Publications by authors named "Eduardo González-Espinoza"

5 Publications

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Cytomegalovirus in renal transplant recipients from living donors with and without valganciclovir prophylaxis and with immunosuppression based on anti-thymocyte globulin or basiliximab.

Int J Infect Dis 2021 Apr 14;107:18-24. Epub 2021 Apr 14.

Department of Nephrology and Organ Transplant Unit, Specialties Hospital, National Western Medical Centre, Mexican Institute of Social Security, Guadalajara, Jalisco, Mexico.

Background: In our population, anti-thymocyte globulin (ATG) of 1 mg/Kg/day for 4 days is used; which permits not using valgancyclovir (VGC) prophylaxis in some renal transplant recipients (RTR) with moderate risk (R+), to reduce costs. This study aimed to determine the incidence and risk of developing cytomegalovirus (CMV), with or without prophylaxis, when exposed to low doses of ATG or basiliximab (BSL).

Patients And Methods: A retrospective cohort included 265 RTR with follow-up of 12 months. Prophylaxis was used in R-/D+ and some R+. Tacrolimus (TAC), mycophenolate mofetil, and prednisone were used in all patients. Logistic regression analysis was performed to estimate the risk of CMV in RTR with or without VGC.

Results: Cytomegalovirus was documented in 46 (17.3%) patients: 20 (43.5%) with CMV infection, and 26 (56.5%) with CMV disease. Anti-thymocyte globulin was used in 39 patients (85%): 32 R+, six D+/R-, and one D-/R-. ATG was used in 90% (27 of 30) of patients with CMV and without prophylaxis. The multivariate analysis showed an association of risk for CMV with the absence of prophylaxis (RR 2.29; 95% CI 1.08-4.86), ATG use (RR 3.7; 95% CI 1.50-9.13), TAC toxicity (RR 3.77; 95% CI 1.41-10.13), and lymphocytes at the sixth post-transplant month (RR 1.77; 95% CI 1.0-3.16).

Conclusions: Low doses of ATG favored the development of CMV and a lower survival free of CMV compared with BSL. In scenarios where resources for employing VGC are limited, BSL could be an acceptable strategy.
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http://dx.doi.org/10.1016/j.ijid.2021.04.032DOI Listing
April 2021

Donor-specific antibodies development in renal living-donor receptors: Effect of a single cohort.

Int J Immunopathol Pharmacol 2021 Jan-Dec;35:20587384211000545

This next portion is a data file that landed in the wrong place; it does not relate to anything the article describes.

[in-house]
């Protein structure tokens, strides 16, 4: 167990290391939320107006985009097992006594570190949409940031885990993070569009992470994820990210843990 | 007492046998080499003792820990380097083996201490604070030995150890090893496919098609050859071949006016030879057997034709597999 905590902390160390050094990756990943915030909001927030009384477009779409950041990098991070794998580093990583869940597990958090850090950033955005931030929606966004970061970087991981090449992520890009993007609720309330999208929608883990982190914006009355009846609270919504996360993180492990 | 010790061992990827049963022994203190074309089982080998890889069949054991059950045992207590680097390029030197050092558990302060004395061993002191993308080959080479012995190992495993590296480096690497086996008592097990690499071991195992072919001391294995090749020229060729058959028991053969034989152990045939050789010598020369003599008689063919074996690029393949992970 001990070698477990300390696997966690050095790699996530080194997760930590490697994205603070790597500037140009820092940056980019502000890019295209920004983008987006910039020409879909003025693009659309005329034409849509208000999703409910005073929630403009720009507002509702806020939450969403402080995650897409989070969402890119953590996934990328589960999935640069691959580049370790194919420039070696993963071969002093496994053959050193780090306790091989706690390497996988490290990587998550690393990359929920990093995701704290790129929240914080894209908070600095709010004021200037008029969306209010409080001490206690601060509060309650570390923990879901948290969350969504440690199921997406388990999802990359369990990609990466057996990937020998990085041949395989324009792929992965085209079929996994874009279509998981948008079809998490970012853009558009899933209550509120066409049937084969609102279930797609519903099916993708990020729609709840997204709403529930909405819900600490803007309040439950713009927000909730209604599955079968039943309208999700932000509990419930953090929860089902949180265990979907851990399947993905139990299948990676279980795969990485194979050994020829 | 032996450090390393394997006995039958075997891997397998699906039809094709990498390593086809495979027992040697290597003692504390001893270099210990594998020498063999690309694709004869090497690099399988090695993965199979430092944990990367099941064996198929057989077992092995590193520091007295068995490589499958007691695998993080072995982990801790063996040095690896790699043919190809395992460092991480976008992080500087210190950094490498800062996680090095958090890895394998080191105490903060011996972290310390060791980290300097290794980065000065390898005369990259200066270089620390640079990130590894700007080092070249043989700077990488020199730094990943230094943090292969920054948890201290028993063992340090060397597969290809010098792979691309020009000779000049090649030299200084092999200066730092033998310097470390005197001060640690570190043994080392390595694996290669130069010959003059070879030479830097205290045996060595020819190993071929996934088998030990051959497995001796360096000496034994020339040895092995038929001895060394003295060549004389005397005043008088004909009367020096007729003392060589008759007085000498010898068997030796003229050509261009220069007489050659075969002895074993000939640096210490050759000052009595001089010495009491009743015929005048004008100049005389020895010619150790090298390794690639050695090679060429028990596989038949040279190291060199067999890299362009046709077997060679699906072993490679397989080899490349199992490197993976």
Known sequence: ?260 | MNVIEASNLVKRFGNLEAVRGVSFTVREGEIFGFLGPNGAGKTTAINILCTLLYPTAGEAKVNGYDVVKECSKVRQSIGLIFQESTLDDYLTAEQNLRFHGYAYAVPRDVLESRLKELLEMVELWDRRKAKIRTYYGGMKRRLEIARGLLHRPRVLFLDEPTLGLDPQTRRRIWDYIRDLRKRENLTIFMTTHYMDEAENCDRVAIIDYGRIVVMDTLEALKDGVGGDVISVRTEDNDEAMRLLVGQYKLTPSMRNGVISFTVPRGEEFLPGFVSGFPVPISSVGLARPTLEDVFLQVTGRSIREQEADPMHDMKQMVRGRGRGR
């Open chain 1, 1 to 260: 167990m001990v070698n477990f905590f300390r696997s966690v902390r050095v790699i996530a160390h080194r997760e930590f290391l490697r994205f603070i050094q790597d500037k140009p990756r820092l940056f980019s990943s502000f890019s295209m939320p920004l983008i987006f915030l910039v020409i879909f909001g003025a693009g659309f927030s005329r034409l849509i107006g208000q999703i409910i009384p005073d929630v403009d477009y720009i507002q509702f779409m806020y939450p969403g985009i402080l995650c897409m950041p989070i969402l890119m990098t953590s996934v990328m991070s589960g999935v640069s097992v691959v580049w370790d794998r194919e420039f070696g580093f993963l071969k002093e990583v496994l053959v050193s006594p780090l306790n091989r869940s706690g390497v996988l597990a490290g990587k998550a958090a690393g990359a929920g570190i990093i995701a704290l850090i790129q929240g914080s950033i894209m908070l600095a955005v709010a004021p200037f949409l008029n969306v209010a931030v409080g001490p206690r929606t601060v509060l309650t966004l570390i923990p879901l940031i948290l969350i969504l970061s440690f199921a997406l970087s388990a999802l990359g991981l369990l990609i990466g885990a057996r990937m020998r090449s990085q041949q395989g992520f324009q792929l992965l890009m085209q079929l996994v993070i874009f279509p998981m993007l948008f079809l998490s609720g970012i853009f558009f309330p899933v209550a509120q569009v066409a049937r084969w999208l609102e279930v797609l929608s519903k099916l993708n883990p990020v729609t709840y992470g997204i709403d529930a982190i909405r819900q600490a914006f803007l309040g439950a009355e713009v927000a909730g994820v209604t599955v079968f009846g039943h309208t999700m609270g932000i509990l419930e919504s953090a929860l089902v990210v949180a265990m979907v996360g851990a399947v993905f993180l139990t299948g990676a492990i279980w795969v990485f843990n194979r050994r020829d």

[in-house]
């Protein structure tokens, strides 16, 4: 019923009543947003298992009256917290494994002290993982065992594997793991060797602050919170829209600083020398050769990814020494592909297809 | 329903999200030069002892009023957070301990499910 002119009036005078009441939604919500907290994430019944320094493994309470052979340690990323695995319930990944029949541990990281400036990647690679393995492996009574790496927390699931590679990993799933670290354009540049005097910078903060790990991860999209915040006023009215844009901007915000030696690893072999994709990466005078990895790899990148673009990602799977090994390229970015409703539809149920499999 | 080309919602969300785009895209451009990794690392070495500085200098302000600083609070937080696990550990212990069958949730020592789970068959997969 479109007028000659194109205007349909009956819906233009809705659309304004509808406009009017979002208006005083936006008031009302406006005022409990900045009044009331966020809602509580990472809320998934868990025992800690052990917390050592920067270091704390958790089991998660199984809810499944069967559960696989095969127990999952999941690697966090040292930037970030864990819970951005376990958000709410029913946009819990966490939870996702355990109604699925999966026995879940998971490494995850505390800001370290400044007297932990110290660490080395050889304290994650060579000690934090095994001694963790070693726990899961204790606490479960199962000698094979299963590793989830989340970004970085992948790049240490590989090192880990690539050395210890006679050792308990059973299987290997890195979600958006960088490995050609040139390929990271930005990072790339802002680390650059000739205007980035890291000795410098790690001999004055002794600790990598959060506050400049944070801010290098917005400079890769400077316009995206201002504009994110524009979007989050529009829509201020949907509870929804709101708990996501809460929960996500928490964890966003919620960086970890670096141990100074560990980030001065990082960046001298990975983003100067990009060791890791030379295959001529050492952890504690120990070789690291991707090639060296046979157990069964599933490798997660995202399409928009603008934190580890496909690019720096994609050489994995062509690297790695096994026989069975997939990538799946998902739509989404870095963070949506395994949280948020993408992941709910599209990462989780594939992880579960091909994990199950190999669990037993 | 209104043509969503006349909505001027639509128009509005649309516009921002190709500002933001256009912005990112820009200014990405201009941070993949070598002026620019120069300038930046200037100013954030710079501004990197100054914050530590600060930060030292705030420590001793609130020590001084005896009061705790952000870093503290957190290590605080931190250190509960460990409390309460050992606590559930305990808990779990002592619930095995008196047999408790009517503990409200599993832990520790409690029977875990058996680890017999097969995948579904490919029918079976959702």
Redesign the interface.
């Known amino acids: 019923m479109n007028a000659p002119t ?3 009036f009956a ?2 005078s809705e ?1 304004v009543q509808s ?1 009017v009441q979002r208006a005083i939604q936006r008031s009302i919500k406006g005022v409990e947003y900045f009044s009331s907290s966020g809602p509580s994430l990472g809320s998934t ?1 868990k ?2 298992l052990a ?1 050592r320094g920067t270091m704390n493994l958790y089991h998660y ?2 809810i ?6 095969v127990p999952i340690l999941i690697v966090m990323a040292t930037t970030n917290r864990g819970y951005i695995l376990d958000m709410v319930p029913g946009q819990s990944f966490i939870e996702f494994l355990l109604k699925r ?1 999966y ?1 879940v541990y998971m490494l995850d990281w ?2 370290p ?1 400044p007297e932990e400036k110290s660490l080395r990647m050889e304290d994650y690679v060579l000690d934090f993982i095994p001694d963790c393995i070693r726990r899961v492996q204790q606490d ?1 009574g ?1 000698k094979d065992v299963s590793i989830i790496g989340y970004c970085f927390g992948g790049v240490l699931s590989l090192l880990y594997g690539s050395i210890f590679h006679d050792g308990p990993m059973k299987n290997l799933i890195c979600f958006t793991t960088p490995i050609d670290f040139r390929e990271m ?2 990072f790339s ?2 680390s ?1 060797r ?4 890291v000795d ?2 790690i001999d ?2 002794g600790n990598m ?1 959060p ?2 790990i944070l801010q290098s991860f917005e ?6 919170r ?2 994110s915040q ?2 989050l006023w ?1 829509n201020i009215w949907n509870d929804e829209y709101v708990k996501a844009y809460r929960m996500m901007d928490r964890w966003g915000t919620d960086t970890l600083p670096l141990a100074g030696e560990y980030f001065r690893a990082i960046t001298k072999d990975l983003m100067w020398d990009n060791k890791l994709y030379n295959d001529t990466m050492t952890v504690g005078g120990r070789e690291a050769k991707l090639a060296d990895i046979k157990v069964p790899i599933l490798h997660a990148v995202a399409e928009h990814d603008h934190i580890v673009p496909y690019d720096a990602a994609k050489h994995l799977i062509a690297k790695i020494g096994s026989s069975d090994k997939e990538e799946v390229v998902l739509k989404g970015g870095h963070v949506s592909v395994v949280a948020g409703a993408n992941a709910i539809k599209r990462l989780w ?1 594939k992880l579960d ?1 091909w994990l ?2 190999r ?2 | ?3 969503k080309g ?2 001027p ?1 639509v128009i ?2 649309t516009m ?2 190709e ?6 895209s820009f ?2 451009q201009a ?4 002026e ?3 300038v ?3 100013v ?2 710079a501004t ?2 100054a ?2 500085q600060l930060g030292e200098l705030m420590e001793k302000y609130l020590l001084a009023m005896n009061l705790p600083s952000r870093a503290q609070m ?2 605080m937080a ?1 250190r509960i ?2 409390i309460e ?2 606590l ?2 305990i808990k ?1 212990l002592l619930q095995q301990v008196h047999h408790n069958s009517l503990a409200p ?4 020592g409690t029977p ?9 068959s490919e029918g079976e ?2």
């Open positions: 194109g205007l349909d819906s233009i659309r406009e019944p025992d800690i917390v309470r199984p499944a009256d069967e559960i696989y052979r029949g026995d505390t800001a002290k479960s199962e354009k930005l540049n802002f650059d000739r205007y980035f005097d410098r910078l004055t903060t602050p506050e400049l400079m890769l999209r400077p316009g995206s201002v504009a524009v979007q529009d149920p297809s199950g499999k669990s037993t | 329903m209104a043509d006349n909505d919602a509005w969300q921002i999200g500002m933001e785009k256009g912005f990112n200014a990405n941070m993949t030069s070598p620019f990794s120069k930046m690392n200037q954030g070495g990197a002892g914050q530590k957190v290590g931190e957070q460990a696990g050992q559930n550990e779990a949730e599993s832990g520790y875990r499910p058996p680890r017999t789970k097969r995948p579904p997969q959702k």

Department of Physiology, University Health Sciences Center, University of Guadalajara, Guadalajara, Jalisco, México.

Minimization in immunosuppression could contribute to the appearance the donor-specific HLA antibodies (DSA) and graft failure. The objective was to compare the incidence of DSA in renal transplantation (RT) in recipients with immunosuppression with and without steroids. A prospective cohort from March 1st, 2013 to March 1st, 2014 and follow-up (1 year), ended in March 2015, was performed in living donor renal transplant (LDRT) recipients with immunosuppression and early steroid withdrawal (ESW) and compared with a control cohort (CC) of patients with steroid-sustained immunosuppression. All patients were negative cross-matched and for DSA pre-transplant. The regression model was used to associate the development of DSA antibodies and acute rejection (AR) in subjects with immunosuppressive regimens with and without steroids. Seventy-seven patients were included (30 ESW and 47 CC). The positivity of DSA class I (13% vs 2%;  < 0.05) and class II (17% vs 4%,  = 0.06) antibodies were higher in ESW versus CC. The ESW tended to predict DSA class II (RR 5.7; CI (0.93-34.5,  = 0.06). T-cell mediated rejection presented in 80% of patients with DSA class I ( = 0.07), and 86% with DSA II ( = 0.03), and was associated with DSA class II, (RR 7.23; CI (1.2-44),  = 0.03). ESW could favor the positivity of DSA. A most strictly monitoring the DSA is necessary for the early stages of the transplant to clarify the relationship between T-cell mediated rejection and DSA.